26 Aug

Crown Resorts preps for Australia’s first Skill-Based Gambling Demo

Skill-Based Gaming in the works for Crown Resorts via Chill Gaming.

Earlier this month, Australia’s Crown Resorts confirmed that skill-based gaming is on the horizon Down Under. The company is planning a roll out of new gambling machines with “skill-based” variables.

Crown ventures into Skill-Based GamblingCrown previously partnered with New Gaming Pty Ltd, a subsidiary of electronic games manufacturing group, Wymac Gaming Solutions. Through that partnership, the Australian casino group and New Gaming have initialized a 50/50 joint venture in a new company, Chill Gaming, which is already producing prototypes of the skill-based gambling machines.

The arcade-style electronic games will feature a mixture of winning conditions, with payouts determined by a player’s skill, as well as chance. Such devices have already made their way onto the gaming floors of casinos in other markets, most notably in the US.

Ken Barton, Chief Financial Officer for Crown, commented on the future prospects of skill-based gambling in Australia.

“Skill-based gaming is an interesting concept that is getting traction in a number of markets. It is a reaction to the emergence of games that are different to traditional games,’’ said Barton.

“We have got prototypes developed,” he confirmed,. The CFO noted that the new variety of skill-based gaming machines should be ready for demonstration “at gaming shows that are coming up over the next few months”.

If all goes as planned, Crown could be ready to roll out the new gaming machines at its Australia casinos as early as 2018. However, legal restrictions could push that timeline much farther back.

Skill-Based Gambling Dependent On Regulatory Approval?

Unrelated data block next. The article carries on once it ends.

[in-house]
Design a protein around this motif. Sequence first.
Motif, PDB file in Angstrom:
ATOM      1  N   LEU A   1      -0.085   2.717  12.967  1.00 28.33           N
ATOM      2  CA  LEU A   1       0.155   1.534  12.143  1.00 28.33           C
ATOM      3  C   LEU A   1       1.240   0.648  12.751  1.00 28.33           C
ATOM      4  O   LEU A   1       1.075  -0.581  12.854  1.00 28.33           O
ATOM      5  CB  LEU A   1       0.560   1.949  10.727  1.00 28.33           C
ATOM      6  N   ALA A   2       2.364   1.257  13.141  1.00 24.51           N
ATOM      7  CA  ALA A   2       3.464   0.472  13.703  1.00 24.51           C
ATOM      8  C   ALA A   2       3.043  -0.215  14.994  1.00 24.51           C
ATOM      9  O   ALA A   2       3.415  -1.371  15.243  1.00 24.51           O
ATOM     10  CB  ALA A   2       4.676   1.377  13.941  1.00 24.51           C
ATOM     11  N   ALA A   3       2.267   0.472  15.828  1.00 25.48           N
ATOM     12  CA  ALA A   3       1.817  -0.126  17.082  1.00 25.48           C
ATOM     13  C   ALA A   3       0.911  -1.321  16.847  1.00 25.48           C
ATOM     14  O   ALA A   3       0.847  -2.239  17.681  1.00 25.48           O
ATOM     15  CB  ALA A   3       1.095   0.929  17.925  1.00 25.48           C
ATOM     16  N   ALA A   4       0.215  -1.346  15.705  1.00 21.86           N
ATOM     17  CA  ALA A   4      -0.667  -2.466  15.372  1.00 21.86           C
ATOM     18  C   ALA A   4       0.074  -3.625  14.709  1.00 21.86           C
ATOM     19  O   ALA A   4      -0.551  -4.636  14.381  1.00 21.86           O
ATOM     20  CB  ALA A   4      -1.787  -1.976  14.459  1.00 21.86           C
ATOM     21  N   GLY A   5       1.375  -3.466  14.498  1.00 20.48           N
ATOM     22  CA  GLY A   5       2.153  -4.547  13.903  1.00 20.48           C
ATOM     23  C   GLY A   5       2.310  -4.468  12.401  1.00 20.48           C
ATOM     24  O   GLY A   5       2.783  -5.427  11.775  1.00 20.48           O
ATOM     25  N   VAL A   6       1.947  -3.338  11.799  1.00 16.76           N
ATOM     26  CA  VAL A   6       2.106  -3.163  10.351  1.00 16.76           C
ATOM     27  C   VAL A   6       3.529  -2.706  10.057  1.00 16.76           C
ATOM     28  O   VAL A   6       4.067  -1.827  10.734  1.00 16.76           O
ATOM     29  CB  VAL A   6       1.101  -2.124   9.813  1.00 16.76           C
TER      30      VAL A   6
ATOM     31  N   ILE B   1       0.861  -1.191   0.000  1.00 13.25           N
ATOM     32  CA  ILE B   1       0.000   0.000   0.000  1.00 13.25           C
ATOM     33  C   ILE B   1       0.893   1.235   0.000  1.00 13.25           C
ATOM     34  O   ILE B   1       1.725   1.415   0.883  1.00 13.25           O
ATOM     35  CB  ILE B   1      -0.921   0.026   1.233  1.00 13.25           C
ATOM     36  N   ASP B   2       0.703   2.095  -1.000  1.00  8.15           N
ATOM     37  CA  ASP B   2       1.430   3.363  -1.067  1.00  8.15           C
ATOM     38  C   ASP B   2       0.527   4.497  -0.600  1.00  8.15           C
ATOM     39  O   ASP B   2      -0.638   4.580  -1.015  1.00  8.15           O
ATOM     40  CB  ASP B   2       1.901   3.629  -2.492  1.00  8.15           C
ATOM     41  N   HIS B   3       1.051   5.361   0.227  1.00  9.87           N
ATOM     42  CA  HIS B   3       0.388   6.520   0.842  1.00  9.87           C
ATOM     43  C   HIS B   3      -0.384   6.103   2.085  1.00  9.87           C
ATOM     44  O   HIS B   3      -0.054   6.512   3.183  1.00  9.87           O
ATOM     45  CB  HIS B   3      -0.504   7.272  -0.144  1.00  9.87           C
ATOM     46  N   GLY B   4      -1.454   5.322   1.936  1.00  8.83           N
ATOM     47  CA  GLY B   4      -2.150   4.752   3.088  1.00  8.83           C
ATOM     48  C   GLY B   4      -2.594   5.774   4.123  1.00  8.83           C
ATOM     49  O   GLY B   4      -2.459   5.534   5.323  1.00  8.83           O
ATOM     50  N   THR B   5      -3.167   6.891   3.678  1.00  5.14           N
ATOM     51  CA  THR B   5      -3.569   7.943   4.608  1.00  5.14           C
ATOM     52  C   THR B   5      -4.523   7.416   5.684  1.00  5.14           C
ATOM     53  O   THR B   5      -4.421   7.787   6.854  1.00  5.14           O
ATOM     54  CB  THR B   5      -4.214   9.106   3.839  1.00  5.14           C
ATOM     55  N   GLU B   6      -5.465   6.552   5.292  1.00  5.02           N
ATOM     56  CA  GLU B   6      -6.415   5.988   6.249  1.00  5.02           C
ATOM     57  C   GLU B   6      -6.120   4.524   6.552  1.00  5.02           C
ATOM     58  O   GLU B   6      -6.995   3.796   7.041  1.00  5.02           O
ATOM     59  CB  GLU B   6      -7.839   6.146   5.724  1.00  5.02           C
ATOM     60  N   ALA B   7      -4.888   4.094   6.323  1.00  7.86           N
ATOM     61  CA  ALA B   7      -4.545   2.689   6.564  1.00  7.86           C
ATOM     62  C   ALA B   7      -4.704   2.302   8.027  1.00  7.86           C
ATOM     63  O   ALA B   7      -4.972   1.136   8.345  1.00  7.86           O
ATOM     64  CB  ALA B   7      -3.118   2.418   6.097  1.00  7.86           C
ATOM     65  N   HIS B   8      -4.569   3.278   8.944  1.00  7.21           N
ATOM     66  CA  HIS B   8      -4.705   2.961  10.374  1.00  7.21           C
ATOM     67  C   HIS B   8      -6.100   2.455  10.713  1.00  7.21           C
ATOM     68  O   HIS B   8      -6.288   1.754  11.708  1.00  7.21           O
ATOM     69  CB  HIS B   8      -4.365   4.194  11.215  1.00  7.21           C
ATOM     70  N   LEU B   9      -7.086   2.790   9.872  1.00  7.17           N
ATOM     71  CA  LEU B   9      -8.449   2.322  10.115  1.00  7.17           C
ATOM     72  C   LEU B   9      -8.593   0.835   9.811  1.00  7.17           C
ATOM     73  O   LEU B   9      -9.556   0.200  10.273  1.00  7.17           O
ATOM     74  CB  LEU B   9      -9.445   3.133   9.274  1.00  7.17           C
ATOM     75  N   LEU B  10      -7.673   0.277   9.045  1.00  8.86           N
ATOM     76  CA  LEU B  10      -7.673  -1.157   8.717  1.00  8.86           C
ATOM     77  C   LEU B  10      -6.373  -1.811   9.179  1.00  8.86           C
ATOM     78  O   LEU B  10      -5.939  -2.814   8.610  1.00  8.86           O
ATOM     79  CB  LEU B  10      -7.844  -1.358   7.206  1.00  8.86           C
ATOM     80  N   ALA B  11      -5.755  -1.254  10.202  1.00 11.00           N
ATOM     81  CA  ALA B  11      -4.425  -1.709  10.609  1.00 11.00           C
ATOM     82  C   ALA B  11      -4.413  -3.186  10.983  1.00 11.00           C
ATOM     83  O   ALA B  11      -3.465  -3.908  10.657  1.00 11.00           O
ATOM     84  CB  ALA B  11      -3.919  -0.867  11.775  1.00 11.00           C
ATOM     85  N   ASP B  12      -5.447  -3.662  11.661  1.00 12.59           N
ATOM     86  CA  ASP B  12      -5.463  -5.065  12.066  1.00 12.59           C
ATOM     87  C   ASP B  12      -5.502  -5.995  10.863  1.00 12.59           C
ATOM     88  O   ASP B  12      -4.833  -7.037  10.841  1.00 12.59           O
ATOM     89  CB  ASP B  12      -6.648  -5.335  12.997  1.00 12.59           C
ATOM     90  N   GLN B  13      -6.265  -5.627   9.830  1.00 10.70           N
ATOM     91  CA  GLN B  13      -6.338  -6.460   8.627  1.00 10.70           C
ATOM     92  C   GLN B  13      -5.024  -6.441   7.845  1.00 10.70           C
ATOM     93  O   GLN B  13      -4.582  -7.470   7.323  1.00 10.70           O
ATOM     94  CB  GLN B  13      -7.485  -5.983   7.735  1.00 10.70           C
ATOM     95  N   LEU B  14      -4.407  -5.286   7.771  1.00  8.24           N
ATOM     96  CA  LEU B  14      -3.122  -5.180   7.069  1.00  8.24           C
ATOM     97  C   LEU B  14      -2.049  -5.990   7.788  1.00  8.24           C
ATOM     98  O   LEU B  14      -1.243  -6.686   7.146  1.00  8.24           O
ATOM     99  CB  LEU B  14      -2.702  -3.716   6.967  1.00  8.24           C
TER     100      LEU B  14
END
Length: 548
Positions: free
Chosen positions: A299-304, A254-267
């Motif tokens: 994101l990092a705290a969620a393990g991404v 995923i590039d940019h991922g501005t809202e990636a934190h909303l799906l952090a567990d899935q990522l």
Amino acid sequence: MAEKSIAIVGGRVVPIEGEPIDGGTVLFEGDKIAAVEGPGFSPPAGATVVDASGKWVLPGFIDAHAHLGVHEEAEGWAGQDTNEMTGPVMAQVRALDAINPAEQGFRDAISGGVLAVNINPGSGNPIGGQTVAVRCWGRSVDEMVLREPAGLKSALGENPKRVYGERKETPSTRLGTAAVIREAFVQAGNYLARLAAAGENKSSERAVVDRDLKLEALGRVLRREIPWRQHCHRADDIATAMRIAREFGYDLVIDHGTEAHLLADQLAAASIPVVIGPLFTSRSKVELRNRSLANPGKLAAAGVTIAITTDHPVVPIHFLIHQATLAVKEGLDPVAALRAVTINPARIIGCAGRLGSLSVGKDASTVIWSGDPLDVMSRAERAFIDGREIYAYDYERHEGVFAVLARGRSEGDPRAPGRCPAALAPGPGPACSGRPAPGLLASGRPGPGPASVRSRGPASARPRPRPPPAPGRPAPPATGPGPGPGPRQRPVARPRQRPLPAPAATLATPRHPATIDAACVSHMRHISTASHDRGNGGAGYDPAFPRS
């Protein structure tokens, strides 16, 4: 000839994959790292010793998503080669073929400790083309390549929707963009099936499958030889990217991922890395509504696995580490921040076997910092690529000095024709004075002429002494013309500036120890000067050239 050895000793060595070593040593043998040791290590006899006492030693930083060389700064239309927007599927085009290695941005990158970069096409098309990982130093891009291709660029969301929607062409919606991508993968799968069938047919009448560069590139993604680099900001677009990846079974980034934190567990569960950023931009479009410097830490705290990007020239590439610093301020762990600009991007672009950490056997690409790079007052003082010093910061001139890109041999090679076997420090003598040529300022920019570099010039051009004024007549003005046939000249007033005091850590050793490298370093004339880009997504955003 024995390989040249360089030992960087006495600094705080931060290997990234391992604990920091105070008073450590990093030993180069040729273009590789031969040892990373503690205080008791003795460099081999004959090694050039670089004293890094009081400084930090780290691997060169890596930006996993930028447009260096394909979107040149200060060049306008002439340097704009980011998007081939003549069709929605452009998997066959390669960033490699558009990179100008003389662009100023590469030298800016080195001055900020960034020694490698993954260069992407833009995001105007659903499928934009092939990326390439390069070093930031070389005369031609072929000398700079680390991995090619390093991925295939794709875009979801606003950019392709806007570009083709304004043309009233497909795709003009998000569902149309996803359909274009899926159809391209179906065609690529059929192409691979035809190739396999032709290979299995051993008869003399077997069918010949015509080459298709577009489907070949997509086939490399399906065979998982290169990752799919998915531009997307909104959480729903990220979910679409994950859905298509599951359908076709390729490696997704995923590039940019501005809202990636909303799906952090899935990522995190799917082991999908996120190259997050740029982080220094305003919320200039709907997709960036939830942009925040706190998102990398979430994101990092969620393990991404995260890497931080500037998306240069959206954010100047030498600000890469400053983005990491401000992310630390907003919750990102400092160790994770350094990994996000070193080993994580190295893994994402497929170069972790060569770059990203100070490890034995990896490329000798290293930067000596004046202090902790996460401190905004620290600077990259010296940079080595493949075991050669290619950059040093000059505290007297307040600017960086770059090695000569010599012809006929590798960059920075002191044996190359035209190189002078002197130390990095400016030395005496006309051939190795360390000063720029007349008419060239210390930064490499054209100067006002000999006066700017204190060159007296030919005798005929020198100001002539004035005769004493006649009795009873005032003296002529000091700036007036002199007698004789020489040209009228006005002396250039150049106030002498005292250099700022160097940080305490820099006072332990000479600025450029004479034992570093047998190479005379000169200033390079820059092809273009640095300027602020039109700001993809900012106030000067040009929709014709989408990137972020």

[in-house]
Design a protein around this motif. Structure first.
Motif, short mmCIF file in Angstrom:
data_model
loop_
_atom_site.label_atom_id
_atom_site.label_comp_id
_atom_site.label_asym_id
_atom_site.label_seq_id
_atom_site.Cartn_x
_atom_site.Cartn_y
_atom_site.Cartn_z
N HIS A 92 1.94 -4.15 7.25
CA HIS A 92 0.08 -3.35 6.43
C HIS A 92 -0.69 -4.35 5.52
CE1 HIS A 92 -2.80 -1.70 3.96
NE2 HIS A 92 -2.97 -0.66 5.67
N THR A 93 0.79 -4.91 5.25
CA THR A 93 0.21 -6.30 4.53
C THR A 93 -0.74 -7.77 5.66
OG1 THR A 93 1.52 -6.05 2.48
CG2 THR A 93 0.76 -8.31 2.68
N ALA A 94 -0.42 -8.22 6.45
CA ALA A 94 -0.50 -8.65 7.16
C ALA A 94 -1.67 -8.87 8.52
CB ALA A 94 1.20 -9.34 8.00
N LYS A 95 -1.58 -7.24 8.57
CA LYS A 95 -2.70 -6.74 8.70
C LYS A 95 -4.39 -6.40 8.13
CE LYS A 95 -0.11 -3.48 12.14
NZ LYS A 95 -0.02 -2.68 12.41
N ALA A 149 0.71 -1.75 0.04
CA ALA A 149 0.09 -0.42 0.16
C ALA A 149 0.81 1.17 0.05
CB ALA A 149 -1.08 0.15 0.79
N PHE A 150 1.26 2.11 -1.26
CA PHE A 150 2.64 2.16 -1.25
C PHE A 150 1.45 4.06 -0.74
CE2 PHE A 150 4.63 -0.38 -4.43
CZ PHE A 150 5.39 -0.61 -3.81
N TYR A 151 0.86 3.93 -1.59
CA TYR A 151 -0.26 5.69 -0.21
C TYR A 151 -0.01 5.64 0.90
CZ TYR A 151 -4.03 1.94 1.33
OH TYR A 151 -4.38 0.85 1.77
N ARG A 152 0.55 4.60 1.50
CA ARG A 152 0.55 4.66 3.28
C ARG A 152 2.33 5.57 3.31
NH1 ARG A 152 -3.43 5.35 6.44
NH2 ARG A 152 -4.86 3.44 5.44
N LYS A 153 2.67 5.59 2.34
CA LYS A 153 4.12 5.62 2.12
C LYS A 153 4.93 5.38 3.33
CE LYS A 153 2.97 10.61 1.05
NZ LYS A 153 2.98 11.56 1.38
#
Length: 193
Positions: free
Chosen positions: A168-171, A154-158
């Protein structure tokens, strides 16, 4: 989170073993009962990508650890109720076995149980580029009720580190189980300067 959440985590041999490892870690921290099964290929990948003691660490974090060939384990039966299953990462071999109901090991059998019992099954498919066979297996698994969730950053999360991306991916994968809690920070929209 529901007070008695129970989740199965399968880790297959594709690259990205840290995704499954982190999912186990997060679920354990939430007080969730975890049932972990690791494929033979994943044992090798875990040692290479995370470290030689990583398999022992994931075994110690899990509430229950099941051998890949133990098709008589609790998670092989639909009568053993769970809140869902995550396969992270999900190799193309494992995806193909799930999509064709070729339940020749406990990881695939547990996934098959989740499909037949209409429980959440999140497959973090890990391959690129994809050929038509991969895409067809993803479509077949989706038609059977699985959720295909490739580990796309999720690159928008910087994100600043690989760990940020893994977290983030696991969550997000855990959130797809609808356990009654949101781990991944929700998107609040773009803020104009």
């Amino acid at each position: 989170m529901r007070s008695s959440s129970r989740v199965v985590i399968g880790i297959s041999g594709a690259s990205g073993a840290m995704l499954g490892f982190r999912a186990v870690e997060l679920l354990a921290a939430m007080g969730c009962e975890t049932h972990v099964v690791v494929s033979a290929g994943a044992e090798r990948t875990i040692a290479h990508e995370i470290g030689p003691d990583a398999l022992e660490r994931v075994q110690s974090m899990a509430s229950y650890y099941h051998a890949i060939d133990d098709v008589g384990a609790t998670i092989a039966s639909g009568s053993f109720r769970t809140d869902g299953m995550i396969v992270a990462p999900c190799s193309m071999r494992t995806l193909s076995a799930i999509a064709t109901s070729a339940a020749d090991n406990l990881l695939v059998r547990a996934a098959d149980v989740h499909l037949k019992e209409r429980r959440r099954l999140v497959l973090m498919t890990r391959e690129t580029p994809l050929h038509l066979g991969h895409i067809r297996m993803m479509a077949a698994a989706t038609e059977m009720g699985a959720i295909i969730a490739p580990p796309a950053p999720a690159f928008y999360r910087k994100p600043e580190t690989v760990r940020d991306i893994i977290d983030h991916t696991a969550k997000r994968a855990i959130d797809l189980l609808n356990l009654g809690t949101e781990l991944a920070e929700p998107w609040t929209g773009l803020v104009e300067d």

When these new skill-based gaming machines first appeared in the United States, it was several years after the first prototypes were demonstrated. The problem was that state regulations were not capable of licensing them for installment.

Legislators first had to amend the existing gambling laws to make way for such revolutionary machines—after being convinced of their value on the gaming floor. Then the games had to undergo rigorous testing to ensure they complied with those new laws.

There’s every chance that—unless Chill Gaming is working to manufacturer these games to meet existing regulatory demands—the same process will have to take place in Australia. If that’s the case, it could be well beyond 2018 before skill-based gambling makes its way onto the floors of Crown Perth and Crown Melbourne casinos.

Will Skill-Based Gaming Catch On?

The whole purpose of delivering a new genre of casino games that incorporate a player’s skill is to attract the younger generation of potential gamers to the casino floor. We call them Millennials, and they are unlike any previous generation of casino goers. They grew up on action-packed, graphically rich PC and video games, and often require a more immersive, interactive experience to get their attention.

New Jersey (USA) was the first jurisdiction to regulate, license and install these types of devices in several Caesars-owned Atlantic City casinos. They had high hopes for them, but after a few months of trial-runs, Caesars elected to have the machines removed. Not only did they fail to draw many players, they were costing the casinos a lot more to have them than they were generating in profits. In the end, the casinos lost millions.

Gaming establishments in California have seen more success with skill-based gambling by delivering an elevated social experience. Many variation allow players to compete against one another in 2-to-4-player games, with the casino taking a cut of the wagers, more akin to a poker rake than a banked casino game.